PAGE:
Warning: Do Not Push To This Intensity Without An Experienced Coach Guiding You
If you’ve ever been in a workout and felt a wave of nausea, this post is for you. It’s an incredibly liberating feeling to have pushed past your physical limitation and into the pukey zone. Most people see nausea as a sign to slow down, or stop.
Experienced coaches, such as myself, see nausea as a controlled symptom that can be extremely beneficial in fitness progression. In just two minutes, your body will experience a high that only drugs could provide with the benefit of being able to come down with a smooth buzz that will last for days. This is the healthiest way to move into the next level of elation. No words can express the emotion and elation.
‘Runners High’ Explained
Runners high can be loosely described as when you have a lot of lactic acid in your system. This causes extreme muscle fatigue. The word ‘lactic acid’ is often misunderstood. I usually explain it as being a metabolic byproduct that causes muscle fatigue in the moment. This makes you first light headed, then dizzy… than nauseas.
It doesn’t cause muscle soreness, which is what scientists once thought (see recent report in Scientific American). Athletes do everything to reduce and avoid it where possible….it’s nasty stuff that your muscles produce during intense exercise. The body is breathing faster in an attempt to move more oxygen to your muscles.
Sometimes this happens in my fitness class, and I ask my clients to stand up straight. This is so that their airways are clear, and they can transport air better. When they can transport air better, they’ll be able to generate the energy through aerobic method – which is much more comfortable than anaerobic because they are working with more oxygen.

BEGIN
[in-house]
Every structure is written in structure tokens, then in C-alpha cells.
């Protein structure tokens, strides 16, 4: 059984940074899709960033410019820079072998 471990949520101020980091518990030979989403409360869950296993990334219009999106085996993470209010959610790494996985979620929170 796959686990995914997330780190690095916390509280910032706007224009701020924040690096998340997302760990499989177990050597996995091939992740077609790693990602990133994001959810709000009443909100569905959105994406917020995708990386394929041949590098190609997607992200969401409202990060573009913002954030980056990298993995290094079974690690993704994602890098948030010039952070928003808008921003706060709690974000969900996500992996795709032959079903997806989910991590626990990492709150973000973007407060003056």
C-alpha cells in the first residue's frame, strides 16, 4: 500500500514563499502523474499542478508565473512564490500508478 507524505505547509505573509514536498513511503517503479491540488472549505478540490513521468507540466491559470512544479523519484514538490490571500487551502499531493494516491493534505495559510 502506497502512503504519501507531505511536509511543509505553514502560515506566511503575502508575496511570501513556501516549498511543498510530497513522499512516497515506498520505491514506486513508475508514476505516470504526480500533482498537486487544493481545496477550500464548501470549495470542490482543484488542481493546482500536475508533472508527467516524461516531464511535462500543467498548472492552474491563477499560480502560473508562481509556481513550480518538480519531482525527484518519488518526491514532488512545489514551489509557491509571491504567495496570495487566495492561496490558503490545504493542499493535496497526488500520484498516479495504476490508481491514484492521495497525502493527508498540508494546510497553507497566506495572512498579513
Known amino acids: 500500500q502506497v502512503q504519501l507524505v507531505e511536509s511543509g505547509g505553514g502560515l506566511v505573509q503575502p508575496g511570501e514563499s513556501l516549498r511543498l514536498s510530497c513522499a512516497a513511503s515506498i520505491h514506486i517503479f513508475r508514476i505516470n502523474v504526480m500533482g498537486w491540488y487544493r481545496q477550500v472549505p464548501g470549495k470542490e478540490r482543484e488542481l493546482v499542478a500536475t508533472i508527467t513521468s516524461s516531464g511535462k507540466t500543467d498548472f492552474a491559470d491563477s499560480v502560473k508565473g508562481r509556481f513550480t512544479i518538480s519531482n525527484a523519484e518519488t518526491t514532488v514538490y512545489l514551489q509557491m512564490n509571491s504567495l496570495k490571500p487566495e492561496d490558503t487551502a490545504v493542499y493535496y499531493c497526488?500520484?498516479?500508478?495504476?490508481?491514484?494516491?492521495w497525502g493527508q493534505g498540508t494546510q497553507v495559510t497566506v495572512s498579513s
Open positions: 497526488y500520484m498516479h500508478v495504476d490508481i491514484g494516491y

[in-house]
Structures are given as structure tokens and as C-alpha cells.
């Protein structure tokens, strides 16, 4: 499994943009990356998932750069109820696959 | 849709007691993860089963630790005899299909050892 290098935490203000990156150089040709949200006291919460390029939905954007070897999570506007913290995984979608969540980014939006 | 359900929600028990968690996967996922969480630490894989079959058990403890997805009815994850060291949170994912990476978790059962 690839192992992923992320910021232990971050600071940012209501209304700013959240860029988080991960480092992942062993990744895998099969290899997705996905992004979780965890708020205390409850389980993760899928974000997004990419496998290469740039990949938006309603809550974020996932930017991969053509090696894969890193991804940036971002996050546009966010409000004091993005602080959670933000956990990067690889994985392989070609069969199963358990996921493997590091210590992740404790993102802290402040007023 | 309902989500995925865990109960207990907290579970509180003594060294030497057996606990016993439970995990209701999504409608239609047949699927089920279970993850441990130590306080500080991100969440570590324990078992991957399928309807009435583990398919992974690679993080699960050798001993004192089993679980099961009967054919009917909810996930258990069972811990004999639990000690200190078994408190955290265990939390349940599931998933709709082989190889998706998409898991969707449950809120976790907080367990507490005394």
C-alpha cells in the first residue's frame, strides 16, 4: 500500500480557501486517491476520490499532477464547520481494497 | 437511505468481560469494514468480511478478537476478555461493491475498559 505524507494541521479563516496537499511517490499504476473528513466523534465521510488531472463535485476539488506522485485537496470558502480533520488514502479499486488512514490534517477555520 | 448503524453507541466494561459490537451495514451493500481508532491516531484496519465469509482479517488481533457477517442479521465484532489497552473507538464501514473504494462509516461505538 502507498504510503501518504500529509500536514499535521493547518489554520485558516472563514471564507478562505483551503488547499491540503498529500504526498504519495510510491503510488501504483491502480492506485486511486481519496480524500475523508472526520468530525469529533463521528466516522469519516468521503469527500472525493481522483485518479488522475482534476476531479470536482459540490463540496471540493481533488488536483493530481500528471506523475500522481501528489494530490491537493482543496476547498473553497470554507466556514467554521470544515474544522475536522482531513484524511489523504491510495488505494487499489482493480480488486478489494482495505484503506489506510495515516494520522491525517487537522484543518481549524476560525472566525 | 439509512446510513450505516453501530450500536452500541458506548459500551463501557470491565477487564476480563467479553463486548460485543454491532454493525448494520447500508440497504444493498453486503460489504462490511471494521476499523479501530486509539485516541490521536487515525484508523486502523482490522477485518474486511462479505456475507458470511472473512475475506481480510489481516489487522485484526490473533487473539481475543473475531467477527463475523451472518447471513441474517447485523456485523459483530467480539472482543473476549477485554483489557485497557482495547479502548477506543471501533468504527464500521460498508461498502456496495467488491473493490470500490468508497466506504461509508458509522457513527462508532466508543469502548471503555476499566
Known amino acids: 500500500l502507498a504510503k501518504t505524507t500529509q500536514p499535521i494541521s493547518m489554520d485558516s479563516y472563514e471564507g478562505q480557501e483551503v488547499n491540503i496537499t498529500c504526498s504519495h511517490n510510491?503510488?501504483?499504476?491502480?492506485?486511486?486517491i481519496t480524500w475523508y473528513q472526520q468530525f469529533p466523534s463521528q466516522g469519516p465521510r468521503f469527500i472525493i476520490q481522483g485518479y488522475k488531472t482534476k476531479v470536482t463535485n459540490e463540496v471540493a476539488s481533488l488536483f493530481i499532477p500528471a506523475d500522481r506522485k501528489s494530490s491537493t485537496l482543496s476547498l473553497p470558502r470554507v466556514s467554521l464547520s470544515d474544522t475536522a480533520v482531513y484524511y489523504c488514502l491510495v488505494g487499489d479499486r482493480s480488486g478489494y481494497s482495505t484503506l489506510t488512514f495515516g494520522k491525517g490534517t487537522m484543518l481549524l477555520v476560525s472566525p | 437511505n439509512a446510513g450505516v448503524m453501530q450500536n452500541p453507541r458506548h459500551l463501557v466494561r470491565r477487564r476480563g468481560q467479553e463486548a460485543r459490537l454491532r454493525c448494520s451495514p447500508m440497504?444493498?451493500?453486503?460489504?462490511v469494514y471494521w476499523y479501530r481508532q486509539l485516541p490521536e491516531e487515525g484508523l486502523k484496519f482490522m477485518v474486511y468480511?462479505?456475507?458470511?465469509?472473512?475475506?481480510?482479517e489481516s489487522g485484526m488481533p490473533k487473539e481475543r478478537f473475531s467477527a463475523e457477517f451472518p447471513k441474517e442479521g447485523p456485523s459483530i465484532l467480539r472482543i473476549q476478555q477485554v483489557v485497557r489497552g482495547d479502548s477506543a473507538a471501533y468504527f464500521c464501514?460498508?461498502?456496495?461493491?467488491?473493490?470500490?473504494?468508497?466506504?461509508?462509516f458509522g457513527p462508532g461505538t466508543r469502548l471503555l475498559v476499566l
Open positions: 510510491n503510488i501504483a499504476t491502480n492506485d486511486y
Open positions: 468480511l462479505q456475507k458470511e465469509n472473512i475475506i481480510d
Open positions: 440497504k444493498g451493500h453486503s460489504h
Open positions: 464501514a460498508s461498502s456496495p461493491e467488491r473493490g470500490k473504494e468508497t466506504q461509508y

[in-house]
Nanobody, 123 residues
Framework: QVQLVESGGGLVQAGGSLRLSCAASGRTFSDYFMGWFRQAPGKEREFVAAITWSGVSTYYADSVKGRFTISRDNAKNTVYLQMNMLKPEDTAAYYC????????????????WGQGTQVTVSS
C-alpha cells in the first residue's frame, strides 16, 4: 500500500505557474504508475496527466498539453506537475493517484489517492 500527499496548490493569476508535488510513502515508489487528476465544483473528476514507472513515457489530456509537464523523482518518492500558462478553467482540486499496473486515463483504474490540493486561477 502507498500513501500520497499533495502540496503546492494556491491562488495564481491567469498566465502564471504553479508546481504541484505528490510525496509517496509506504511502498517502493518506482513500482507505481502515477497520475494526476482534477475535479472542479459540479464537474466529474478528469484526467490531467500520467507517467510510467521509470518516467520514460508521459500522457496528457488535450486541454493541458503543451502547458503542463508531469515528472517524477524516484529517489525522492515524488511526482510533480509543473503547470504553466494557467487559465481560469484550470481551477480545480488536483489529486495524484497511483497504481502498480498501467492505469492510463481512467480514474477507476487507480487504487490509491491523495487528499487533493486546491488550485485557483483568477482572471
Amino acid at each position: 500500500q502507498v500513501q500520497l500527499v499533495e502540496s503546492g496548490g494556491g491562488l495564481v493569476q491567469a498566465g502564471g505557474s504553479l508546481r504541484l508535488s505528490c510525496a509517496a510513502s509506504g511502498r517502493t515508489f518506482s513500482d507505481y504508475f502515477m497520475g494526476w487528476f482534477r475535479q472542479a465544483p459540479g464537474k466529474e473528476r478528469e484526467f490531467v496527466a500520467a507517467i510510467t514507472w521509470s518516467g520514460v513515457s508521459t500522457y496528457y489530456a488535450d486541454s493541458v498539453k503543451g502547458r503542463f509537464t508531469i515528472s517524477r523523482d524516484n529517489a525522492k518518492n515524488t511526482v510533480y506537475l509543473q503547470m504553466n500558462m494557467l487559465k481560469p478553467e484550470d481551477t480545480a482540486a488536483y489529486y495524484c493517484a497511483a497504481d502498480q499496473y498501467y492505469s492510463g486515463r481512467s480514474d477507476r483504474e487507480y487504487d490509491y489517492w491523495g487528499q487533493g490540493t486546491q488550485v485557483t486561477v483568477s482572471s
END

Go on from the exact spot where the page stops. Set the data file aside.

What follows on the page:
Aerobic is Latin for oxygen, an is Latin for without. So working anaerobically means working without oxygen – “can’t breathe” “I’ve got to catch my breath” “I need to stop for a minute to breathe” in other words, the new feeling of working without oxygen is frequently scary for those who have always tapped into their red muscle fibers to exercise (aerobic conditioning).
The Process Of Training Without Oxygen
At my boot camp classes, often the workouts go into the anaerobic zone and this is scary in the beginning before your body is being forced to find the energy to workout from stored glucose. The body will break down this glucose when it finds it (if you let it, and trust the process of going through the dizzy, light headed zone, or 85% of heart rate (HR) or more ) as this is it’s series of steps.
The first message to your brain to stop and stay in the red muscle fiber zone, or aerobic zone, is to be light headed. You’ll be uncomfortable being out of breath. This is where the athletic mentality needs to train your brain to keep going. Change your inner dialogue.
Its tough because without much oxygen, the body is needing to change that stored glucose into a chemical substance. This is called LACTATE – the thing that will break down the glucose. The process of bringing yourself into a runners high is only possible when you train beyond 85% of your maximum heart rate. This is the platform needed to create lactic acid.
This Too Shall Pass
The body hates this lactic acid and will try to remove it through making you ‘fake throwup’. Unless you have been drinking the night before you’ll only feel sick. It’s extremely rare that you’ll actually get sick. This is just the bodies way to try to punish you to let you know that it didn’t like that big workout and would rather you stayed on the couch tomorrow and ate pies. So don’t listen to it, go through the nausea if it comes in tonight, and deal with that knowing it will pass.
For safety reasons, avoid agility work when training anaerobically if you are still at the beginner stages of fitness. One of the symptoms of training at this intensity is clumsiness. Wait until you can run a mile faster than 10 minutes on an outdoor trail. This is a good marker of being at intermediate fitness level. The fitter you are, the more you can handle!
Have you ever trained into a runners high? What motivated you to push yourself into it?
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